Either way, trimming a Westie isn’t terribly difficult if they are stripped correctly. They’ll mostly need to be trimmed around their face and paws, where stripping usually isn’t done.

5. Nail Care

Just like any dog, a Westie will need their nails trimmed regularly. Their nails continuously grow, and through normal activity should be worn down naturally. However, this doesn’t typically occur in our homes. Therefore, we have to trim them to prevent all the issues that go along with too-long nails, such as splitting and pain.

If you’re already opting for professional grooming, then your groomer will likely trim your dog’s nails, too.

You can also trim them at home, especially if they only rarely see a groomer. Trimming a dog’s nails should be done with specialized nail clippers. Be sure not to trim their nails too short, as this may cause you to injure the quick—the area where the blood and nerves for the nail are. If you snip this portion, it will be painful for your pooch and likely bleed.

nail clippers for dogs and cats on a wooden surface
Image By: pedphoto36pm, Shutterstock

6. Ear Cleaning

Westies can be prone to ear infections. Therefore, it’s important to check their ears regularly and clean them as necessary. Use a vet-approved ear cleaner and cotton balls to gently clean the inside of their ears. Avoid inserting anything deep into the ear canal, as you may accidentally damage your dog’s ears.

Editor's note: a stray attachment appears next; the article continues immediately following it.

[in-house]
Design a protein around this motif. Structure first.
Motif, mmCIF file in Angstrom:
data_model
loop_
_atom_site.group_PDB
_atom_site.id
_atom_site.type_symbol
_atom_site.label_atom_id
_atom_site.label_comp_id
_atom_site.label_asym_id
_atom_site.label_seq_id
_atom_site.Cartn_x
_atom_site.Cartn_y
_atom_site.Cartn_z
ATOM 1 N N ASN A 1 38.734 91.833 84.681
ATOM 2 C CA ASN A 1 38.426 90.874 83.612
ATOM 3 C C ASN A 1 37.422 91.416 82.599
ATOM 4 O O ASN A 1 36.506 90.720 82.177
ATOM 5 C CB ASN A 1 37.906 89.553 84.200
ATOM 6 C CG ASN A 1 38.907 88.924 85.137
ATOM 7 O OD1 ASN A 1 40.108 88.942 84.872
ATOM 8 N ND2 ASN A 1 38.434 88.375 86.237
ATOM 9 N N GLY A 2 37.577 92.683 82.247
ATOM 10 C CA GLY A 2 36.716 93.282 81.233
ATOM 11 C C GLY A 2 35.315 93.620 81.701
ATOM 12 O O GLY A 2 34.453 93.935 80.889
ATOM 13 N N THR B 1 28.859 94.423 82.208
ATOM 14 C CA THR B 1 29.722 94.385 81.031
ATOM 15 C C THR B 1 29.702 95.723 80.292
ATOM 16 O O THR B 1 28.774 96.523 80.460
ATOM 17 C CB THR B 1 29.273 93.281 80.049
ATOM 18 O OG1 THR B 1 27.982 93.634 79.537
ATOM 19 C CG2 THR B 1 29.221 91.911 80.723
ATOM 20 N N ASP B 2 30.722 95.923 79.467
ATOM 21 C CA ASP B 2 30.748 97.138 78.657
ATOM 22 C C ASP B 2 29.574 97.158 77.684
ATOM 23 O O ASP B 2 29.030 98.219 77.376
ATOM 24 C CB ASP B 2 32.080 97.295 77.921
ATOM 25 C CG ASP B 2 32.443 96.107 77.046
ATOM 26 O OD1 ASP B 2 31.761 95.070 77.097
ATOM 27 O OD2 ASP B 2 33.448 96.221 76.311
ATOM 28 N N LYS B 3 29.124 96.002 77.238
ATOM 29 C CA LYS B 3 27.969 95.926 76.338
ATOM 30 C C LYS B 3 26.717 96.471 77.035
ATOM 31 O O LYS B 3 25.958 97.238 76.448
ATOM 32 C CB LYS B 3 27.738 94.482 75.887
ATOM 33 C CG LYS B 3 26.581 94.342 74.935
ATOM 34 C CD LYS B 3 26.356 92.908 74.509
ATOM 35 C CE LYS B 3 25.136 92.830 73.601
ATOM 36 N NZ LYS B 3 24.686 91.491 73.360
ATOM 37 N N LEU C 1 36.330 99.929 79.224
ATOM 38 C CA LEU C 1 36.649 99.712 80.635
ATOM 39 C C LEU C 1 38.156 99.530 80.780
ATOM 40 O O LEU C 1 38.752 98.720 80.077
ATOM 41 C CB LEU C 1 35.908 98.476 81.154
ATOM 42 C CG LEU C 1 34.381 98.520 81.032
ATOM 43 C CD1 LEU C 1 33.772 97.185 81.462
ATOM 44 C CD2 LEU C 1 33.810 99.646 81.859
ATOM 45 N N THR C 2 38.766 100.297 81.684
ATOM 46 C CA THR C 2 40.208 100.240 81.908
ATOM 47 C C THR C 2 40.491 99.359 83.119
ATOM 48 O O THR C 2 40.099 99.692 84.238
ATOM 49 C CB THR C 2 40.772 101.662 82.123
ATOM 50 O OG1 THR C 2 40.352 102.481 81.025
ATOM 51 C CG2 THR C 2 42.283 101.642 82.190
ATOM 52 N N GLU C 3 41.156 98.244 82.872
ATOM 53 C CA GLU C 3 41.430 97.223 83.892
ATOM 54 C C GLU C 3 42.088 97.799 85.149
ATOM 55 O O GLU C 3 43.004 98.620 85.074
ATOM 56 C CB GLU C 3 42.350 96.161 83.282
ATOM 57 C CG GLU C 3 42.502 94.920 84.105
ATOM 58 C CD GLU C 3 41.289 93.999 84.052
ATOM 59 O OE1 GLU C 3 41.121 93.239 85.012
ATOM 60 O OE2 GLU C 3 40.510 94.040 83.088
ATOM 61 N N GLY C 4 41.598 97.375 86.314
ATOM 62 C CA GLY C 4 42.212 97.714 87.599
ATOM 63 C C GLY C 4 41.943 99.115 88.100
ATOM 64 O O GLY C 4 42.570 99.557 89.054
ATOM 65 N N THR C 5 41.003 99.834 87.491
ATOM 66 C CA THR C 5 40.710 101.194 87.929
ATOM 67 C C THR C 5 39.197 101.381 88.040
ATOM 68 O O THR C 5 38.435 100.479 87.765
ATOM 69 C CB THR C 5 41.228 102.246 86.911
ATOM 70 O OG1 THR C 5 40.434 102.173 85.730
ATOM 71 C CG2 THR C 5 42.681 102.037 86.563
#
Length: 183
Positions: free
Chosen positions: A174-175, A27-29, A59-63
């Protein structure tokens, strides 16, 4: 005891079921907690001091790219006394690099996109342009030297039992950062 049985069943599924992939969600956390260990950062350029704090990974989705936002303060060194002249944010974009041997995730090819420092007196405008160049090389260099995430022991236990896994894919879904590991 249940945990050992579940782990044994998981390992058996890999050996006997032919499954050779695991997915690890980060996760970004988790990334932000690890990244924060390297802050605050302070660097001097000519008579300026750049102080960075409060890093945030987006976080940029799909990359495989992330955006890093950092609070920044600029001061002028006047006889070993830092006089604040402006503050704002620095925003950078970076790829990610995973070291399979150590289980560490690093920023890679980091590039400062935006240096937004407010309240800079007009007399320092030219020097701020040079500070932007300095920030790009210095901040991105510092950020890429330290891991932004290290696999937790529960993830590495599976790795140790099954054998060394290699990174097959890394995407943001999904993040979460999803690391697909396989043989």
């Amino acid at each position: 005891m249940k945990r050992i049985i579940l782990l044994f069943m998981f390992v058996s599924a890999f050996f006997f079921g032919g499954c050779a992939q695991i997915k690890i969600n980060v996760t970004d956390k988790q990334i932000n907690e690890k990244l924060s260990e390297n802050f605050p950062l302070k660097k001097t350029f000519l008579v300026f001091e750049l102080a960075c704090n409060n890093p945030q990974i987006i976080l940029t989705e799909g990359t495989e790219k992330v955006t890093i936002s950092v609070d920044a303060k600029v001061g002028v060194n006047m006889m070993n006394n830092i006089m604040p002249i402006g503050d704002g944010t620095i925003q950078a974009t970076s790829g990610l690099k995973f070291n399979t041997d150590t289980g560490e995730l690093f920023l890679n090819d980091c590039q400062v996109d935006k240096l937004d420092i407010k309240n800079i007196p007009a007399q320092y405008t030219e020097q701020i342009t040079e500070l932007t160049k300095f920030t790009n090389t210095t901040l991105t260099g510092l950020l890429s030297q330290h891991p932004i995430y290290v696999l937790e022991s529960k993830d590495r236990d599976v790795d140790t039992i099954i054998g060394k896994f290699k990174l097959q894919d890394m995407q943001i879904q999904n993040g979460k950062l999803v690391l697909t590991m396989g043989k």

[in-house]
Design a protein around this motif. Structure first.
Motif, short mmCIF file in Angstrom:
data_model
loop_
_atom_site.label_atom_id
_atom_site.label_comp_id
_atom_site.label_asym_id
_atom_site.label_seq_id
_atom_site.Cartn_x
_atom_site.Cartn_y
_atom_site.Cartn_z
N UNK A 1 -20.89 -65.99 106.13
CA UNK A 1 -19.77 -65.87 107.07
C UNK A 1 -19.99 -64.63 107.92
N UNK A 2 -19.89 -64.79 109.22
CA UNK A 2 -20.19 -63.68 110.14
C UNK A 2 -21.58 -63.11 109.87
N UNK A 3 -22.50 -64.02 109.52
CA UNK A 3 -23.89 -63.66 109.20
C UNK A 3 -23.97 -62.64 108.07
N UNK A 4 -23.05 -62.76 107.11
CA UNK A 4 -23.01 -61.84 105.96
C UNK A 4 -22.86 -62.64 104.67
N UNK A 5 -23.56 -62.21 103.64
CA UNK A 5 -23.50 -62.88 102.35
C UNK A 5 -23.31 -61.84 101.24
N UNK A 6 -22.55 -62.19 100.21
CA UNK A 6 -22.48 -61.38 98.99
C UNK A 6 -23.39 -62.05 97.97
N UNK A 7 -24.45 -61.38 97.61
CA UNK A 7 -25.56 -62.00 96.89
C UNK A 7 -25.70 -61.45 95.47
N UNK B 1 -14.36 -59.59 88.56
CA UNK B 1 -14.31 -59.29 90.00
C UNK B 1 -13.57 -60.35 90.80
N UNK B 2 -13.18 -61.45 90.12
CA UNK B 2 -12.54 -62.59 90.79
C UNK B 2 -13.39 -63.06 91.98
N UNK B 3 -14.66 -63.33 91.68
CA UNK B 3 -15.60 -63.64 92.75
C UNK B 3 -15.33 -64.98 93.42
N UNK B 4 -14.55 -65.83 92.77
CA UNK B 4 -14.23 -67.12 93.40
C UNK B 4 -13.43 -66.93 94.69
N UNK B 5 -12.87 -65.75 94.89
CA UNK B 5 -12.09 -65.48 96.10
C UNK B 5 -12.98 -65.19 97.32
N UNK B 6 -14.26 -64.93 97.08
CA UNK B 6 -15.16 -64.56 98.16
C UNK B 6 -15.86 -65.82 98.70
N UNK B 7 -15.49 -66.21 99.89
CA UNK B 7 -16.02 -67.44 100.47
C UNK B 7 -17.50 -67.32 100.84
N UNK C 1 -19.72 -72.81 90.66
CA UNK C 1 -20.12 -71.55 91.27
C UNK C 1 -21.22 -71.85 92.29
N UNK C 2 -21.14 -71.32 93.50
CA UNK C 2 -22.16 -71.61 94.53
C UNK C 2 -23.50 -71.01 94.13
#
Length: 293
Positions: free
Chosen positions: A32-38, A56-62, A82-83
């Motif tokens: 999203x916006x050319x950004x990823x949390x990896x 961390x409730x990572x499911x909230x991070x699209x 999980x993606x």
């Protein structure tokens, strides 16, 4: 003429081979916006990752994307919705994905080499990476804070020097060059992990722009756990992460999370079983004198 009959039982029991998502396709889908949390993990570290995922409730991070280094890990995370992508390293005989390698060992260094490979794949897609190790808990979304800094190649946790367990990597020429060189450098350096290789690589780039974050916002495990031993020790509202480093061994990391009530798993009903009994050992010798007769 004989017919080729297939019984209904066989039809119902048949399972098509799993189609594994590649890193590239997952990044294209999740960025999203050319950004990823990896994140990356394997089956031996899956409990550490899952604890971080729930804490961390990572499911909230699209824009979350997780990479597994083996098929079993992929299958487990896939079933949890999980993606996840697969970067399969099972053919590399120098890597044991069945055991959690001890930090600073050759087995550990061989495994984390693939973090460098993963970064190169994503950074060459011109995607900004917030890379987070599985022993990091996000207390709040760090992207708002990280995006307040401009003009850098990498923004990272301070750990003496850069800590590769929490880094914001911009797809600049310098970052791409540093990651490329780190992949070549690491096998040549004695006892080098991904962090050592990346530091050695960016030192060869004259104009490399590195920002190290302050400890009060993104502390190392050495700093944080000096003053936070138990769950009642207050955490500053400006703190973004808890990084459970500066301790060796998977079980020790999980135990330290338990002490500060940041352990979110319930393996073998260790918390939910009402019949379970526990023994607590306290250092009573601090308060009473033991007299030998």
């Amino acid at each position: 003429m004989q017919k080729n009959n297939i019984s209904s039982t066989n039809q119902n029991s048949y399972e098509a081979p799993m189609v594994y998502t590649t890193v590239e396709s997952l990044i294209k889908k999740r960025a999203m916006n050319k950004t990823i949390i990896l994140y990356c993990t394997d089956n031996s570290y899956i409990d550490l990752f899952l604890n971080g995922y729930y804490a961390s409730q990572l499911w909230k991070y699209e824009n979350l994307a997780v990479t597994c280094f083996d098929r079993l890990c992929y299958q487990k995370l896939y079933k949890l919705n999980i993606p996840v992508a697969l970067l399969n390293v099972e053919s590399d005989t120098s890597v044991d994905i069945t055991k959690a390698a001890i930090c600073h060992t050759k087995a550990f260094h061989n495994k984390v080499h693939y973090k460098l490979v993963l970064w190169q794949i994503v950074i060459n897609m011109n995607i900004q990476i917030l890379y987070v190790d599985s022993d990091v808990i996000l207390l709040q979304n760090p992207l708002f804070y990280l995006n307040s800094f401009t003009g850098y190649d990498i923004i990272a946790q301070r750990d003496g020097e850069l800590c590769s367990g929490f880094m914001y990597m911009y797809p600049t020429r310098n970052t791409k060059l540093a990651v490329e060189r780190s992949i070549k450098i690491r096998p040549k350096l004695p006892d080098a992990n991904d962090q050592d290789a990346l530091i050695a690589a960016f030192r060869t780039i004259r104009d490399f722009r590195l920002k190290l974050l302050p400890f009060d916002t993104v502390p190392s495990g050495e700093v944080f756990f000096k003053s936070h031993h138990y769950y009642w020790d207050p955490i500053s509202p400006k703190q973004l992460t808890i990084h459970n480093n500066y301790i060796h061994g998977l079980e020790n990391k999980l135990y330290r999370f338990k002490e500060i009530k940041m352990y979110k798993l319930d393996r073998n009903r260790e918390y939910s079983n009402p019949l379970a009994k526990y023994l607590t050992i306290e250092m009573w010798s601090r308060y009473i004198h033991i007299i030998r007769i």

You can have your groomer clean your dog’s ears. (Usually, it is included in the typical grooming package.) However, your dog may need their ears cleaned more than they see the groomer, so you should plan on cleaning them at home too.

If you see any inflammation or the dog’s ears smell bad, you should contact your vet. Often, these are signs of an ear infection.

7. Teeth Care

Your Westie’s teeth need to be cleaned regularly. If they aren’t, they can get all kinds of dental problems—some of which are deadly. Dental health is commonly glanced over when it comes to dog grooming. However, it’s one of the more important steps.

Taking care of your dog’s teeth isn’t hard, though. You’ll need to brush them with dog-safe toothpaste at least a few times a week, though every day is better.

Your dog may also need professional cleaning by your vet. These can help remove plaque from areas that are hard to brush, preventing cavities and tooth decay.

white west highland terrier dog puppy opens his mouth for dental control
Image By: LanKS, Shutterstock

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Westies aren’t terribly high-maintenance. However, their coats need to be stripped and clipped every month or two. Most owners take their dog to the groomer for these sessions, though you can also do it at home. Either way, these sessions will go a long way to preventing mats and other coat issues.

You’ll also need to trim your dog’s nails and clean their teeth. The groomer can often trim your dog’s nails for you. However, you’ll want to brush their teeth at home and clean their ears. These tasks need to be done several times a week—even if you have a groomer do everything else.

Featured Image Credit: corners74, Shutterstock